“I am 86 years old now and I am confused.” The e-mail came from a Canadian Mennonite reader who was referring to references in this magazine to myth and metaphor in the Bible.
The writer, who has read a range of books about the Bible, did not dismiss untraditional approaches to Scripture, but admitted difficulty in truly understanding them. And then he concluded, “I can’t find my way back to the Bible.”
I wander the same wilderness.
It’s a tough place to be. Both because doubt is less comfortable than clarity, and because we risk the disapproval or reproof of those who see ambiguity as the enemy.
The e-mail writer expressed fear about raising questions openly in the church. According to John Neufeld—former pastor and president of Canadian Mennonite Bible College (a founding college of Canadian Mennonite University)—both the questions and fears are relatively common among seniors. Neufeld, himself in his 80s, has spoken to many seniors groups and churches over the years. Often he speaks about a more nuanced approach to the Bible than so-called literal reading.
He says we want the Bible to be perfect, but it just isn’t as neat, tidy and consistent as many of us were led to believe.
How is this message received? With “amazing openness,” he says.
There are people who are defensive, but he has story after story about elderly people who have deep-seated questions about Scripture and are glad for a space in which to explore them.
“Seniors are struggling with questions and fears and uncertainties,” Neufeld says.
He speaks of the biblical account of Peter’s traditional views being blown open. Peter was raised to observe Jewish restrictions about associating with Gentiles. But God leads him to break those rules and fundamentally revamp his beliefs.
Neufeld has devoted much of his life to understanding Scripture and helping others do the same. “The Bible doesn’t behave the way we would like it to,” he says. For instance, the creation accounts, flood story and other elements of the Old Testament are clearly similar to earlier literature of other peoples in the area, as I learned from a Mennonite Brethren prof at a secular university years ago.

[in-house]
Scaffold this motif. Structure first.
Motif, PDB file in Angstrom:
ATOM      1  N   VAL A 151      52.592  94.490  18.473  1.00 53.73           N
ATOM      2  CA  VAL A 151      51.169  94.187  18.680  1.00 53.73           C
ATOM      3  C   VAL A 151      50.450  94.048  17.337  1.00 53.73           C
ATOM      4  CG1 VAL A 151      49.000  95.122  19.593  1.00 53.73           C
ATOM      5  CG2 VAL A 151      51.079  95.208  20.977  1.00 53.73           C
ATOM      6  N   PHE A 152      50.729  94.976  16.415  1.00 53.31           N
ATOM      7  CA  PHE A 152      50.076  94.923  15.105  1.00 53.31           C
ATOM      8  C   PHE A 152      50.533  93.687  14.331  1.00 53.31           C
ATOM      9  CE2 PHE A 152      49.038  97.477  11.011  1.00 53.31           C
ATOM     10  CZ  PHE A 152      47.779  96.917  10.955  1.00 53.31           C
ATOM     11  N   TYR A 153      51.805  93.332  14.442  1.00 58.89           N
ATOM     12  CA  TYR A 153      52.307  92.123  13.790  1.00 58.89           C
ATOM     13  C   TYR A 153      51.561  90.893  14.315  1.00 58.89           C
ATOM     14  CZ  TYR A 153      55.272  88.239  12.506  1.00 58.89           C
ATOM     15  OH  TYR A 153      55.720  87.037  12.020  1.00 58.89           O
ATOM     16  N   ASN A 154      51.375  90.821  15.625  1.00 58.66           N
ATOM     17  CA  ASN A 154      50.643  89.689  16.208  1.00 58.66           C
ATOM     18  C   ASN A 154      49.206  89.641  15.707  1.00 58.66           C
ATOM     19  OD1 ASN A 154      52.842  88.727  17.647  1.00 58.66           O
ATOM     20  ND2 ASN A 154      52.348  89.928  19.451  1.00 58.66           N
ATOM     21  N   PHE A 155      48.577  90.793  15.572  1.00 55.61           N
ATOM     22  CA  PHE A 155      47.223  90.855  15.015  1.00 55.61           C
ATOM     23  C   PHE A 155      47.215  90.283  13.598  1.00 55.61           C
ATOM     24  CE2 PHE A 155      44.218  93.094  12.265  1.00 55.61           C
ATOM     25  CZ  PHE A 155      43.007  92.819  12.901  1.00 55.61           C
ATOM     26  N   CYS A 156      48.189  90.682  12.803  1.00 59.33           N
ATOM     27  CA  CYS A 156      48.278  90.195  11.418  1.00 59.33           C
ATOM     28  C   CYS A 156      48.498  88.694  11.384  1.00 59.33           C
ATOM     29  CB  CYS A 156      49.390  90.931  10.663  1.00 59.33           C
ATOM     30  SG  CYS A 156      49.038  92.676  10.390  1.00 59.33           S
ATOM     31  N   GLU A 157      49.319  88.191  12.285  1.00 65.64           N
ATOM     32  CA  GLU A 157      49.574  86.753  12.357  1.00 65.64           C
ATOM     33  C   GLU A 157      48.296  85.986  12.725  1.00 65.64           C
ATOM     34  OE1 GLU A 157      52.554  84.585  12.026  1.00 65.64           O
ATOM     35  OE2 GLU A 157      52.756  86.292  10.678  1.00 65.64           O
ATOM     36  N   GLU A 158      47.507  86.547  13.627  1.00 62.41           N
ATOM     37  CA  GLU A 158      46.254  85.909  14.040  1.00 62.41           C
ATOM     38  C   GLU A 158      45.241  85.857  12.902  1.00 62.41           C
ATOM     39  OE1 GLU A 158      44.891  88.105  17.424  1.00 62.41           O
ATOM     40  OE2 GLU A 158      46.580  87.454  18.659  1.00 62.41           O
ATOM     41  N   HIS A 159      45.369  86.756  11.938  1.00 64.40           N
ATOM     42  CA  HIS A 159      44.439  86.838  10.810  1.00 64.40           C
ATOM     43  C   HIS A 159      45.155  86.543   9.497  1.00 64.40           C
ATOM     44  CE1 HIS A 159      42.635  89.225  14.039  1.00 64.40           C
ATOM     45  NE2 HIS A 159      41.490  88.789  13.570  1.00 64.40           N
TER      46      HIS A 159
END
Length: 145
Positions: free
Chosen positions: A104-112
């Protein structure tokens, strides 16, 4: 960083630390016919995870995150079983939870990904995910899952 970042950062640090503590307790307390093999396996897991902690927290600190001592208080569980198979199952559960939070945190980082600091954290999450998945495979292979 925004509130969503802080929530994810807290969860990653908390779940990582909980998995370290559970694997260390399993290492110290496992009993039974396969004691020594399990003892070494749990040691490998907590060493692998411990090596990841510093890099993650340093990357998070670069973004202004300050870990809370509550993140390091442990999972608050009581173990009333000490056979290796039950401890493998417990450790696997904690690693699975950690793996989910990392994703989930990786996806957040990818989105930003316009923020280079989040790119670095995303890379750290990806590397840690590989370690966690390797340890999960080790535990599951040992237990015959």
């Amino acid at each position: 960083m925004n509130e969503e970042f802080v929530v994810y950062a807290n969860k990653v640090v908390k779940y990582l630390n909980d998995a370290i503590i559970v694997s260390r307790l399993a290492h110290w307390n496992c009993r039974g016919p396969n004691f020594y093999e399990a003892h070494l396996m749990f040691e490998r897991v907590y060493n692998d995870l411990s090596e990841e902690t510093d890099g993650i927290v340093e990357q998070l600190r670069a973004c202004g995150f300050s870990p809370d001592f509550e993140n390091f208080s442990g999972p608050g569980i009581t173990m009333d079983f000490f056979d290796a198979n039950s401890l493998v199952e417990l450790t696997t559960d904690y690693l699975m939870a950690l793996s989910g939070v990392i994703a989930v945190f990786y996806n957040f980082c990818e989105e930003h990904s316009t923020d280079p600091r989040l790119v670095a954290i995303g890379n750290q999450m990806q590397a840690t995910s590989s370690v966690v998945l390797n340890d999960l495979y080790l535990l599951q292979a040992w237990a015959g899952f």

The Bible also behaves poorly as an historical account. Scholar Northrop Frye writes that, if the Bible were intended as a history text book, it would be a badly flawed one, with differing accounts of creation, numerous inconsistencies between the gospel accounts and many details left out.
In terms of literal reading, what would that mean? For instance, I don’t refute the people who conclude the Bible says men shouldn’t have sex with each other. They have a strong literal case to make. The Bible also says we should kill such men. It says women should remain silent in church, or at least should cover their heads when they prophesy or pray. It says we should sell all our possessions, the world was created in six days and Jonah spent three days in the belly of a fish.
I don’t refute the biblical injunction against same-sex relations, but I happen to believe that some people are simply gay. They are among my friends; I’m not going to kill them. I also want to hear what women have to say, whether they are wearing a kerchief or not. I’m too chicken to sell all my possessions. I don’t believe the world was created in six days. And I have no problem with Neufeld’s suggestion that the Jonah story contains a great deal of wisdom and truth even if it didn’t actually happen.
I’m a selective literalist—the only kind there is.
I also appreciate the good third of the Bible that is obviously poetry or literary: “deep calls to deep,” the caring shepherd, the “daybreak from on high” that shines on those in darkness, the hungry filled with good things. Something doesn’t have to be a factual occurrence to contain truth. Think of parables.
And I struggle profoundly with the man-heavy nature of the Bible, the violence (God killing babies to free his people), the difficulty in understanding stories from a very different time and context, and the way the Bible is so often used as a weapon of judgment (by literalists who don’t take “do not judge” literally).
To the 86-year-old who confessed his confusion to me, I say this: First, you appear to be in good company. Invite John Neufeld to your church. Look up the book The Bible Tells Me So by Peter Enns, as recommended by Neufeld.
My feeling is that the desert of doubt is not necessarily such a bad place. The wilderness holds a special place in Christian tradition.